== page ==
Gamr7 has recently announced the integration of Allegorithmic's Substance Air smart texturing system in Gamr7's procedural city generation middleware, Ürban PAD (both of which I have blogged about previously). This integration is intended to enhance the texturing options available in Ürban PAD in terms of creating even more realistic and believable 3D urban environments.

Substance Air functionalities will be available for general release in Ürban PAD's 3.0 version (currently at version 2.5) which typically includes a 30-day free trial of the application.

Blender 2.49 scripting

For everyone interested in Blender-driven modelling and animation there is now a new book by Michael J. Anders called Blender 2.49 Scripting. The book covers areas such as gaining control of all aspects of Blender using the powerful Python language, creating complex meshes programmatically and applying materials and textures, automating the rendering process and extending Blender's image manipulation capabilities, extending Blender's built-in editor plus also interacting with version control systems and storing render results on a FTP server.

I can recommend this publication to anyone using Blender as it could push their skills forwards considerably in the scripting direction. The book can be bought from here while, in case you want to sample it, there is a free chapter made available by the publisher here.

Yell urban mapping service

Yell offers yet another 3D urban mapping/navigation service which, while in beta at the moment and with not very extensive coverage (Birmingham, Leeds, London and Manchester are covered at the moment), is characterised by the almost seamless mix of 3D bird's-eye models and Street-View like street-level panoramas.

You can switch from 3D City to Street Cam view allowing for this, all within a Flash-based viewer (the only drawback of which is the low resolution). Yell promises to extend their coverage as soon as possible. The hybrid 3D/panorama concept is very impressive and attractive (see the vid above) so it would be very interesting indeed to see this pushed forward and contrasted against Google Maps.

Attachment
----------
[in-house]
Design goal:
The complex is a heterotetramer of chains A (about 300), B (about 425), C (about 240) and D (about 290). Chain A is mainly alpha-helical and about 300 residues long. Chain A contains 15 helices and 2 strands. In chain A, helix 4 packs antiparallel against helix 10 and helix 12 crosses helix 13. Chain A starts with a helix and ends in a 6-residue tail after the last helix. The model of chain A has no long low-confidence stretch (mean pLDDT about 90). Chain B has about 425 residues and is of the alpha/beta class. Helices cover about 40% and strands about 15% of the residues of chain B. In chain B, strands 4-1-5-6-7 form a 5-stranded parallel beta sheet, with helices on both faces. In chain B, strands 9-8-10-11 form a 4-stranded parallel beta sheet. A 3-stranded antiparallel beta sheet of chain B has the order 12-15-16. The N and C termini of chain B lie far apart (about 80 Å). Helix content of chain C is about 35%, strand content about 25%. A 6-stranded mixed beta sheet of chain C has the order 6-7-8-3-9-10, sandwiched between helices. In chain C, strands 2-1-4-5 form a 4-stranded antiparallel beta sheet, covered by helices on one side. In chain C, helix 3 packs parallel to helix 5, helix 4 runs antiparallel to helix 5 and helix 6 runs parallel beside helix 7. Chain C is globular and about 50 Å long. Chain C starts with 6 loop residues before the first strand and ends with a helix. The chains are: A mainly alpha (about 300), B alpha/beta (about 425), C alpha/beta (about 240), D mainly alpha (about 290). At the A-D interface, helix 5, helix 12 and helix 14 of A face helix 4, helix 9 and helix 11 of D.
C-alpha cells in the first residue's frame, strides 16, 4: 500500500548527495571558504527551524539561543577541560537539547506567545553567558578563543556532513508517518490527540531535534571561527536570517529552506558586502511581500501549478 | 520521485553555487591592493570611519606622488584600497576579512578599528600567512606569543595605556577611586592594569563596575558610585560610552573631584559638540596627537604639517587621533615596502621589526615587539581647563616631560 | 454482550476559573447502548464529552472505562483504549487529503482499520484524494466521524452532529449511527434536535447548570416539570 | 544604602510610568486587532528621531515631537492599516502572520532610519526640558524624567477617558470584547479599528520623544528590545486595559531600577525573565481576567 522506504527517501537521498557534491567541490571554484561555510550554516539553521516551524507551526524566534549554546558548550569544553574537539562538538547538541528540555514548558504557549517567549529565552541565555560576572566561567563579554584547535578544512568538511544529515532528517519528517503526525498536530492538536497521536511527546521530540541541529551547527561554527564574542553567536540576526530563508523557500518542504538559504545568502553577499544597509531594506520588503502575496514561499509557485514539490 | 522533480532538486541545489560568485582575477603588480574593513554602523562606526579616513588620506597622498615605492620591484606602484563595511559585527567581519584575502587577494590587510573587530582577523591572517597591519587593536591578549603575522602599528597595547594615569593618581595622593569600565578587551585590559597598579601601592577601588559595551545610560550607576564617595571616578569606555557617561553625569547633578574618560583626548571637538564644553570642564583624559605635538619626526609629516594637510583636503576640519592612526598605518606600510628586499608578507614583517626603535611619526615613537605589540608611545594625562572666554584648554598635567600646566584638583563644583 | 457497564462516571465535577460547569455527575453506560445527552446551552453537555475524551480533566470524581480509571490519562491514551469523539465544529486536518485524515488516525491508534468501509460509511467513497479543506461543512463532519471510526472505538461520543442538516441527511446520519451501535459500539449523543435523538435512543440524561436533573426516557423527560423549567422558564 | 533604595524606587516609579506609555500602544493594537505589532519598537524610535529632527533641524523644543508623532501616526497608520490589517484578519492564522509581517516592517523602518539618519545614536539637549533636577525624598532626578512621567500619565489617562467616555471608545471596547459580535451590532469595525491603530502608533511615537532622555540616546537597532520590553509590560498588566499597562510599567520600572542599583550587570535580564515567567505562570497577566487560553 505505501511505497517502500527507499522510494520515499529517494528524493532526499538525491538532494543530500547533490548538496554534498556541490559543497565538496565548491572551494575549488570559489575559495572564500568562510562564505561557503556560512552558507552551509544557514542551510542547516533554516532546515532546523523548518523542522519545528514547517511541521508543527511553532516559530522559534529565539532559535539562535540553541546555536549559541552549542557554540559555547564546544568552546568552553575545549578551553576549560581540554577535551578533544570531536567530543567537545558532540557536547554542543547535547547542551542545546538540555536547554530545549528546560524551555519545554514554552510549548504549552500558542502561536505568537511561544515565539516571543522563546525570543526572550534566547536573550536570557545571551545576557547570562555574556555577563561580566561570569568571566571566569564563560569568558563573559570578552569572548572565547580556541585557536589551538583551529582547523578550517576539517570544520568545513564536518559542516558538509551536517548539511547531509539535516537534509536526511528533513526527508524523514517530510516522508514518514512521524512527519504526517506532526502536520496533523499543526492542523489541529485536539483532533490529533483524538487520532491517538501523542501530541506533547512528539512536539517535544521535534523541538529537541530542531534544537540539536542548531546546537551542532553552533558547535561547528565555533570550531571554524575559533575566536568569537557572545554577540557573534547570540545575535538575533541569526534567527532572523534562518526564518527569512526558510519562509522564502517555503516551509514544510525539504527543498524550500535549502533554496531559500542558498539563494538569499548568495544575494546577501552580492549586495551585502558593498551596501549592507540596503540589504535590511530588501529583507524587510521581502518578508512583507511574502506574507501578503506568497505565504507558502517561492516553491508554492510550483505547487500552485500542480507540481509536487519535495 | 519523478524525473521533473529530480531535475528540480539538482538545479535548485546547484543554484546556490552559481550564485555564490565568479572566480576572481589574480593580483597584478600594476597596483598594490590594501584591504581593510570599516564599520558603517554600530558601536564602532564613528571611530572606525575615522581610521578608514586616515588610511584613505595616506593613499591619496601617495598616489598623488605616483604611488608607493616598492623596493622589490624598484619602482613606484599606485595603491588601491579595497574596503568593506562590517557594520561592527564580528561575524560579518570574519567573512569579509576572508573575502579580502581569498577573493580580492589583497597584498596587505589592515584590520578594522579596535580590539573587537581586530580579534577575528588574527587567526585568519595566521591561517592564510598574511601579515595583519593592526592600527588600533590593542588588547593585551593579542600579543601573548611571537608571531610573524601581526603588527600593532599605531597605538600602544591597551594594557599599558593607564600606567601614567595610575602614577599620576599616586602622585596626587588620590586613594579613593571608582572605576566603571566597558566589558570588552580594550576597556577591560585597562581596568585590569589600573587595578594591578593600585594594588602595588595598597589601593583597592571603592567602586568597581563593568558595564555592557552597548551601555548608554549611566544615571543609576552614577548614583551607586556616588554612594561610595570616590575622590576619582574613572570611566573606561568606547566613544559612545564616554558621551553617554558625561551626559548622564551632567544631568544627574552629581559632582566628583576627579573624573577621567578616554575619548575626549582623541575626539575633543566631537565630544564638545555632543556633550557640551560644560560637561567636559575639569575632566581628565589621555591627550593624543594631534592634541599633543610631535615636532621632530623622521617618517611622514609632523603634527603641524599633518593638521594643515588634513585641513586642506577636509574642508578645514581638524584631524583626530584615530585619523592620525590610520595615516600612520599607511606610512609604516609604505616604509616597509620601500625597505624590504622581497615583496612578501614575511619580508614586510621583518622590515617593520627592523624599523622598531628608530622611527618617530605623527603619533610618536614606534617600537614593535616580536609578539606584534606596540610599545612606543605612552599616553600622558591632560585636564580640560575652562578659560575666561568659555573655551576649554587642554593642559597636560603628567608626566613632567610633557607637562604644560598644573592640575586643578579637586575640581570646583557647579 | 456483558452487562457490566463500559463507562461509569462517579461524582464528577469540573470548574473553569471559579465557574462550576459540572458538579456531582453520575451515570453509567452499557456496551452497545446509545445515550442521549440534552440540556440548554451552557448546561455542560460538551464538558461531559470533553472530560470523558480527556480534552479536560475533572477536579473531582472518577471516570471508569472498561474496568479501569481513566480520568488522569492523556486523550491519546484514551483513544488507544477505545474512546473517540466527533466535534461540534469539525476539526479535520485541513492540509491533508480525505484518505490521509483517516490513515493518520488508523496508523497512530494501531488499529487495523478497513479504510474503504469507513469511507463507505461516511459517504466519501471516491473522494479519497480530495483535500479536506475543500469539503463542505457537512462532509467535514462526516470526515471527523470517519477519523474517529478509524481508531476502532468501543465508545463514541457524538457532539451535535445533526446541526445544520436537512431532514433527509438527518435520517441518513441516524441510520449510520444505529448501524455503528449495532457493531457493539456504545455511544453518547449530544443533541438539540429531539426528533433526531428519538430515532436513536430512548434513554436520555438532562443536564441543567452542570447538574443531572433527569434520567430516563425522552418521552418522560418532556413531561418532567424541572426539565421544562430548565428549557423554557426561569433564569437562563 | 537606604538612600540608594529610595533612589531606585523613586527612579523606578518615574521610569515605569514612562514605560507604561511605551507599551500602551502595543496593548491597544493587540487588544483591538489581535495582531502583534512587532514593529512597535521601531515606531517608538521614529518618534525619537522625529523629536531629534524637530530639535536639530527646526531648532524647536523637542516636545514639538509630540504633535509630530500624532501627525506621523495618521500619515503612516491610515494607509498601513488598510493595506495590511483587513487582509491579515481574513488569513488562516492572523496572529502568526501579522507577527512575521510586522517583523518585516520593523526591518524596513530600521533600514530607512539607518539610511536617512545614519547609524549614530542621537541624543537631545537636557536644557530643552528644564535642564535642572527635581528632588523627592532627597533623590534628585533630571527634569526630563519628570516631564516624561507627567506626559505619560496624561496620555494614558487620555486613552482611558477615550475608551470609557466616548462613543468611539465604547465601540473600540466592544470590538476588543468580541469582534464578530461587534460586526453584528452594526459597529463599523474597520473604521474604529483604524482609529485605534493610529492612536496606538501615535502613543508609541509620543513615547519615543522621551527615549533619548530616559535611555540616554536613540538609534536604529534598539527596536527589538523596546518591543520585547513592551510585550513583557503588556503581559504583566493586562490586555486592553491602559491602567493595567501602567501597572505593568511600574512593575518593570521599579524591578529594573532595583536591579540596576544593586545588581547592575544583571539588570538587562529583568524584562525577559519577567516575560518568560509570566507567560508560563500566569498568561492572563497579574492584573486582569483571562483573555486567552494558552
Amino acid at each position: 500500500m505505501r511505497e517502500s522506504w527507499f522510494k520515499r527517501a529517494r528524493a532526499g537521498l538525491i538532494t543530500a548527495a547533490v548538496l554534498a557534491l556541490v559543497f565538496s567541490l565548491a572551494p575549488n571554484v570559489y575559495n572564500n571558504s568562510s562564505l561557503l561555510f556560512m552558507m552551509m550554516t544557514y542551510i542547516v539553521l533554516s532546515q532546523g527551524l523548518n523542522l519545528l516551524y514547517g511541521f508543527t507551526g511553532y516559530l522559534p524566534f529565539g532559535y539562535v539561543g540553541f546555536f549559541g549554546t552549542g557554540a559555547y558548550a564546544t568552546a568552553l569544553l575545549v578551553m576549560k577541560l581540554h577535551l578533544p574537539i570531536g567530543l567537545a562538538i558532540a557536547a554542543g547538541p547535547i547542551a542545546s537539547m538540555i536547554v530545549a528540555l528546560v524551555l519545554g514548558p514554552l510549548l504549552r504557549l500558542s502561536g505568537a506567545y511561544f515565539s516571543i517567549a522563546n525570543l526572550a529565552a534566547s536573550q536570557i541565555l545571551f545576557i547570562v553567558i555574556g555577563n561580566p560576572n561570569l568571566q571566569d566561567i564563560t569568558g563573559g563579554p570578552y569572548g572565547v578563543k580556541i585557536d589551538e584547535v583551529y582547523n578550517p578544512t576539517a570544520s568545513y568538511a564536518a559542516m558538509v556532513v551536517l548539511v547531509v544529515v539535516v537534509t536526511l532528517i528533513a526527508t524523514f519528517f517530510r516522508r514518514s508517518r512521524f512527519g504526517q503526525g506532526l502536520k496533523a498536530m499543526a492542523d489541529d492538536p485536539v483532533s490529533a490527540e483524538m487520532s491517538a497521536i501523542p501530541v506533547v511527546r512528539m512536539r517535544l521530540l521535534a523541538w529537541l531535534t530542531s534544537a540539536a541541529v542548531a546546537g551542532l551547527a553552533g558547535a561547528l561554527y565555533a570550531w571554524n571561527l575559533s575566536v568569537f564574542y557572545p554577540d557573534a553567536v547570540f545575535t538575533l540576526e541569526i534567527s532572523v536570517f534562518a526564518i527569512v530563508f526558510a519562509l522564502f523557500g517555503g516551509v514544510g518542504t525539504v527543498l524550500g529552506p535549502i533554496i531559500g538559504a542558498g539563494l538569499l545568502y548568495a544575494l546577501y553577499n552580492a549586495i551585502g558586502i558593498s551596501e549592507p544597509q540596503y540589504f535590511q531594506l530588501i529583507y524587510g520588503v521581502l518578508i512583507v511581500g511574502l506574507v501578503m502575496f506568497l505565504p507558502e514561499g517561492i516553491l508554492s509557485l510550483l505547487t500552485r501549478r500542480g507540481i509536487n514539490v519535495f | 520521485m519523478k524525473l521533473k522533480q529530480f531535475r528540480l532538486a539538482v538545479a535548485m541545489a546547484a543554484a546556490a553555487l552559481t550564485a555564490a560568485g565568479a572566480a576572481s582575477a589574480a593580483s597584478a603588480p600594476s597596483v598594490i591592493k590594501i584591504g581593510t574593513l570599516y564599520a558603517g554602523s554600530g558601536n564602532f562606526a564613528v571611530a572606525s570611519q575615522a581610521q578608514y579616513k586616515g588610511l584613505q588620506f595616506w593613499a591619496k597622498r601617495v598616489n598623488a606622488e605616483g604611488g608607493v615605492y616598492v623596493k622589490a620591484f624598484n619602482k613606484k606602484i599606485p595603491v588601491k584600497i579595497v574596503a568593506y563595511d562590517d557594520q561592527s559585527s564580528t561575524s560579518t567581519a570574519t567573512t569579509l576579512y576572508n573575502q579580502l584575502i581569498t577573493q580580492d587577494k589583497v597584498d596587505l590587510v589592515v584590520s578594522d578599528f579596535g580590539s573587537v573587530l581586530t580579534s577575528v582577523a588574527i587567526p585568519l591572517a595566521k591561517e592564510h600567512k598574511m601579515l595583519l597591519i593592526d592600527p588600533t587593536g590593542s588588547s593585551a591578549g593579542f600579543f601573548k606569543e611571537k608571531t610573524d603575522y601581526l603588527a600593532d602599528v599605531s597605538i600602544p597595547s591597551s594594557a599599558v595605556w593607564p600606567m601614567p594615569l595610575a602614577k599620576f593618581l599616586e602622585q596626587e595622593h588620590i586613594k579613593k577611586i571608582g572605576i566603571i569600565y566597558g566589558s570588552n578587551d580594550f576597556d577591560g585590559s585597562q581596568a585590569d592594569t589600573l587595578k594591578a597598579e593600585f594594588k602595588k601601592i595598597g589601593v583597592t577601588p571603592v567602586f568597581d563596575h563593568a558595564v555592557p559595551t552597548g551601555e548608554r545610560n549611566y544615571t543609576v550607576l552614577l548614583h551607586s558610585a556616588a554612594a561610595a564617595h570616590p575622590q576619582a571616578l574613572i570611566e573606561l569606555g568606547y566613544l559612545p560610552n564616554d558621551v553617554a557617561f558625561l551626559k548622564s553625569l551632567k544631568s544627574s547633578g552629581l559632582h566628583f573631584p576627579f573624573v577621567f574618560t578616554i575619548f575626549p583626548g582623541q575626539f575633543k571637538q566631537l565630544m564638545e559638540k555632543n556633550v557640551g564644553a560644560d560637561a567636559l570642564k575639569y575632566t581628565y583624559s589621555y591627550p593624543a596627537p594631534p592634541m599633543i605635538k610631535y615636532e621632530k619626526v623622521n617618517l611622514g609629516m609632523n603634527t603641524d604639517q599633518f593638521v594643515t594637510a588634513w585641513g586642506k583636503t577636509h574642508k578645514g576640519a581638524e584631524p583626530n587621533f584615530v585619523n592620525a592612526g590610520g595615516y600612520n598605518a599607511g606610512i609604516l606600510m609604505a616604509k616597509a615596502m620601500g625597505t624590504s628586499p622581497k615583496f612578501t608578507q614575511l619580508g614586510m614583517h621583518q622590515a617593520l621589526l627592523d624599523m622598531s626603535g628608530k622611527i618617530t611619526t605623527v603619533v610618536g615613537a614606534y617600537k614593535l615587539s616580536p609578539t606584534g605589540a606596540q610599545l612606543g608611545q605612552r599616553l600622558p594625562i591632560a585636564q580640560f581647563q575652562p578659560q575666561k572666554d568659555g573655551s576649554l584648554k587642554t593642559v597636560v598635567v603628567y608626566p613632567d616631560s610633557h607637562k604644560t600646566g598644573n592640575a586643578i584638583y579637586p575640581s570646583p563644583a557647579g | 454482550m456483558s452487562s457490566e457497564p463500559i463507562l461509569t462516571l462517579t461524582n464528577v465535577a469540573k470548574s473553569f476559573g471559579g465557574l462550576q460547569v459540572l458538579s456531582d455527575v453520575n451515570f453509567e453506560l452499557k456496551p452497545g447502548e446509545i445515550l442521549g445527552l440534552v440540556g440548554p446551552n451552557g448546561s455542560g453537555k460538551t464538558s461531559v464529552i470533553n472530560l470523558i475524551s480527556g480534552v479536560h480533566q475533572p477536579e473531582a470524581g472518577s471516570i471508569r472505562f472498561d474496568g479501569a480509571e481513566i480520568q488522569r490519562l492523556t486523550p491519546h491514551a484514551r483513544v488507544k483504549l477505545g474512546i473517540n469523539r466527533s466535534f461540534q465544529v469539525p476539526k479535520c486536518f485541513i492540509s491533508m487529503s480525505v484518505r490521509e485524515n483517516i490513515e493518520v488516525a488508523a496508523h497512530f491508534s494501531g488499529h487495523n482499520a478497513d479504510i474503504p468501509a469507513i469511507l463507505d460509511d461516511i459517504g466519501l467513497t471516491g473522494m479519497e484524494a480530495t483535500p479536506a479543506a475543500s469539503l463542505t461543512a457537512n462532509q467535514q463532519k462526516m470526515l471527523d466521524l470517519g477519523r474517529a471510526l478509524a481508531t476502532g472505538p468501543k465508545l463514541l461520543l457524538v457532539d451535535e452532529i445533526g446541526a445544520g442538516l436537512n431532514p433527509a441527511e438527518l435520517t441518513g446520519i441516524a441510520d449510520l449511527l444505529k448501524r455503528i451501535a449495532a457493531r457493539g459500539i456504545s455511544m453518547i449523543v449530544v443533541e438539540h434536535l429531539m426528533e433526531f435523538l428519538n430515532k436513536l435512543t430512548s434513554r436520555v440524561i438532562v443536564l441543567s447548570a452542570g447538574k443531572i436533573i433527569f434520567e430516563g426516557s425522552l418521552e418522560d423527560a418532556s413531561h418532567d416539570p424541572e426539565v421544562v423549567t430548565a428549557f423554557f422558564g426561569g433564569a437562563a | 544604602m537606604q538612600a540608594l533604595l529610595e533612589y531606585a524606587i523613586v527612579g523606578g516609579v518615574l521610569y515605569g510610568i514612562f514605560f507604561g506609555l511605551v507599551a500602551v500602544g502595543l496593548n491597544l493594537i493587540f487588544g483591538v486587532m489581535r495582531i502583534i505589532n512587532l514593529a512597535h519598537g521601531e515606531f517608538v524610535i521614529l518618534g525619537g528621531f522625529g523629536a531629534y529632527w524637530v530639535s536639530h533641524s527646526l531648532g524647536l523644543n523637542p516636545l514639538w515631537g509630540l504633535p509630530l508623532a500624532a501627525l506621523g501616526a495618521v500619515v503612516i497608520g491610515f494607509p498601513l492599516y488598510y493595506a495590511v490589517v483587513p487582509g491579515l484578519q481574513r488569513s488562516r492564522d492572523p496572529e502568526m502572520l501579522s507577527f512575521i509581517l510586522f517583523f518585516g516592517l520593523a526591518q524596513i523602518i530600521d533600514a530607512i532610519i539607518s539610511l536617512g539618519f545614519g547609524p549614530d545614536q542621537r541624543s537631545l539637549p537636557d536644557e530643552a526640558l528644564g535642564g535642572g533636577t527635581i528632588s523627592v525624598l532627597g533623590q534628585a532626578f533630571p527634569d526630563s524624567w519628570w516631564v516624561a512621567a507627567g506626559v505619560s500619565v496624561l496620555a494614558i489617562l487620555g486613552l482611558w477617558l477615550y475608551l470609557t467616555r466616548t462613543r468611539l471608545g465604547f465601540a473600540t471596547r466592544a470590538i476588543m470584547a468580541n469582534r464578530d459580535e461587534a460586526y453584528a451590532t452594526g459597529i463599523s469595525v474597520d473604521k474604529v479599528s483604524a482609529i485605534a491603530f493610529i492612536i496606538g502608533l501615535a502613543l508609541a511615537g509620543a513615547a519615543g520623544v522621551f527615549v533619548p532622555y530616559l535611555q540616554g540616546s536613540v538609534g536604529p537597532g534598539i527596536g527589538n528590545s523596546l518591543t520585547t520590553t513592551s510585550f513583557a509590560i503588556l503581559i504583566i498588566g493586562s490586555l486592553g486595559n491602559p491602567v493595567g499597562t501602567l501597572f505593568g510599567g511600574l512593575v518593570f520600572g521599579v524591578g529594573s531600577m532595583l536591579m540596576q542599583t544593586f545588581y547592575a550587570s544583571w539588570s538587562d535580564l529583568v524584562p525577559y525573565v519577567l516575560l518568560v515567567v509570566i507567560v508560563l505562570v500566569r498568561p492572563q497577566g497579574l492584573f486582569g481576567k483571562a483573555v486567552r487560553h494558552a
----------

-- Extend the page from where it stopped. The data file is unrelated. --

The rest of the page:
Biometrics in games?

Ubisoft has recently revealed Innergy, a new peripheral that monitors body readings and aims to lower stress. Mentioned in Ubisoft’s E3 press conference, is the Innergy Sensor, a biofeedback tool capable of measuring heart rate variability, blood flow and pulse.

The game associated with the sensor guides players through a sequence of scenarios that help identify sources of stress. It then proceeds to offer a range of breathing exercises designed to relieve this stress, while at the same time providing an illustrated diary so that progress is monitored.

Biometrics in the form of eye-tracking and BCIs have been around in games for a while now but efforts such as this one or Nintendo's Vitality Sensor seem to further up the ante (the latter is pictured above). All in all this creates many new exciting opportunities for conducting usability studies in the field.

Saturday, 12 June 2010

Festival Of Design And Innovation at Bournemouth University

On the 24-28 June 2010 Bournemouth University celebrates the work of our talented final year students at the Festival of Design & Innovation. This extensive showcase will feature work in the areas of Product Design, Industrial Design, Design Engineering, Fashion & Textiles, Interior Design, Computer Aided Product Design, Sustainable Graphics & Packaging and Music and Audio Technology.

The Festival continues to embody the spirit of design and innovation at BU in it’s 18th year. Throughout the Festival, designs with the possibility to make a real impact on our everyday quality of life will be displayed publicly for the first time.

Typically the event attracts over 1500 visitors including talent scouts from the BBC's Dragons' Den and companies such as Dyson. This year more than 170 designs and prototypes from our comprehensive range of design courses will be on display and give a real flavour of what design at BU is all about.

There are also other side-events as part of the Festival such as a School And Colleges day, which is tailored towards exposing the work carried out at BU towards prospective students and their teachers. I, for example, am involved in presenting the BSc Games Technology course content to these audiences on a dedicated event on the 28th of June.

Learn more about the event here.

Mobile version of Second Life?